I totally disagree w/ that assumption, and I think therein lies part of t he problem.

No, it is NOT "more than reasonable" that people should be compensated for their "academic training." They should be compensated for what they produce.

A good orthodontist will make more money if he can straighten teeth compared to one who can't. Both have the same "academic training". Yet the "good" one will be compensated more because he/she produces more!

Not all things are equal. And that's the problem w/ the unions. They try to make everyone equal. They compensate the "bad" just as much as they compensate the "good". Neither has to produce to be compensated.

A good teacher should be compensated by what she produces not because of her advance degree.




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Posted by Karen
a resident of Another Pleasanton neighborhood
on May 29, 2009 at 11:29 pm

Have Empathy: I absolutley agree with you.


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Posted by Stacey
a resident of Amberwood/Wood Meadows
on May 30, 2009 at 8:52 am

Stacey is a registered user.

My 2/100 wrote: "Wouldn't you expect that an AP calculus teacher (teaching a course that, after passing a test, grants college units?) have at least a master's in math?"

Yes, absolutely. I think you didn't understand what I wrote. I said "elementary subject matter". Then I mentioned the statistic about biology teachers who don't know their subject matter and questioned how the salary schedule fixes that problem.

Let's say that not all classes are created equal. As a student at University level, I'd want my teachers to all be experts on their subjects, PhDs, research fellows, etc. As a student in high school, I'd want my teachers to be experts in the subjects I need to get into University. If they have advanced degrees in those subjects, that's all the better. As a student in lower grade levels, how does the teacher holding an advanced degree in math going to make 1st grade any better? Or even an advanced degree in pedagogy?

Now on a general level, one could say that the salary schedule provides just this sort of incentive. I think it is too general to do that.

Also, as Karen points out, there's still no reward based upon performance.

I'll look up the reference later, but I read once about how back during the early days of the US, some of the Founding Fathers were of the mindset to establish a national university. Public education would be supported by general taxation. Washington bequeathed some assets in his will in support of such a national university (never got accomplished). One of the ideas was that the students who would be sent to such a national university would be the cream of the crop. Not everyone would be eligible. If someone graduated 8th grade, all they'd be eligible for was teaching up to 8th grade level.


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Posted by Stacey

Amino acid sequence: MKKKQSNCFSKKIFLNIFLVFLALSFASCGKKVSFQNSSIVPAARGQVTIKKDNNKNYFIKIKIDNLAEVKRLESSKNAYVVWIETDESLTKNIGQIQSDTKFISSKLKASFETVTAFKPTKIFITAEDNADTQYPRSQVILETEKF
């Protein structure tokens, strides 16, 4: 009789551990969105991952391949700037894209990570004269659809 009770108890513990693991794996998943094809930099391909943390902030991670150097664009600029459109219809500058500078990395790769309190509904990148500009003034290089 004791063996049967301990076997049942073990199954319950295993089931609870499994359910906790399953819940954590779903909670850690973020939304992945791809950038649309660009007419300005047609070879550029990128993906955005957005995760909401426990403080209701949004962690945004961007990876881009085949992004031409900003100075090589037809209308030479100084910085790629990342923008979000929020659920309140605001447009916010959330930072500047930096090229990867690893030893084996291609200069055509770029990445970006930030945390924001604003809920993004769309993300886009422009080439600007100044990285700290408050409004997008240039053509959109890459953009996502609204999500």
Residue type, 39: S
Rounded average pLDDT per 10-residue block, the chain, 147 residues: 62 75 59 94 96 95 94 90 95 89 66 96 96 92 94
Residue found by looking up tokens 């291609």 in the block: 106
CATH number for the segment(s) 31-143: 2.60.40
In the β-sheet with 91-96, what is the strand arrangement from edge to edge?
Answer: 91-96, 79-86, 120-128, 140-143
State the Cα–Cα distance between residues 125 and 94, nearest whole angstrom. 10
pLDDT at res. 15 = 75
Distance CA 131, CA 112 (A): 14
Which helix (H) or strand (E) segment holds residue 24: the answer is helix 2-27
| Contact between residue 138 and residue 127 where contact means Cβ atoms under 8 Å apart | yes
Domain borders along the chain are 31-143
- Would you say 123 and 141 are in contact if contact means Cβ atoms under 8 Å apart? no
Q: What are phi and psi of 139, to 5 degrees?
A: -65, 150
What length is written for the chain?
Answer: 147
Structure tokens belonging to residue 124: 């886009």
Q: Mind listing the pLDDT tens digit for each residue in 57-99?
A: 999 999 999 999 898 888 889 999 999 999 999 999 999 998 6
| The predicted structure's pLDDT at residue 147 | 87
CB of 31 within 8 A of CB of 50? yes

a resident of Amberwood/Wood Meadows
on May 30, 2009 at 9:48 am

Stacey is a registered user.

I know I'm not being very clear because I'm trying to be brief.

Let's put this another way. If we have specific goals we'd like teachers to achieve (get a Masters in Math to teach AP calculus), why is the salary schedule not aligned with those specific goals? It doesn't seem to be. It just says "go out and get your advanced degree". There doesn't seem to be a requirement for commensurate return, as Karen put it.


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Posted by Get educated!
a resident of Another Pleasanton neighborhood
on May 30, 2009 at 10:08 am

For as many researched random facts you present Stacey, you are missing one of the most important...what actually is being taught in today's elementary classrooms, how it is being assessed by CST testing, and how teacher training can make the difference in student ability.

Long gone are the days of simply read and recall questions. New advances in reading and writing instruction have been instituted in the district starting at the elementary level and now going to the middle schools and even some high school classes. These cognitive strategies teach kids how to infer, question, and synthesize what they read in order to comprehend at higher levels that are required on the CST.

PUSD has been on the forefront of this reading and writing instruction and it is showing positive results. Like any industry there are advancements in the way to achieve results. Teacher's extending their education is crucial for our schools to stay current. To state API scores is great, but take a moment to consider why those scores are rising. Many PUSD teachers are not only highly trained, they are presenting on a state level, and publishing in professional journals. PUSD supports this, and it is a big part in why we are seeing achievement rise.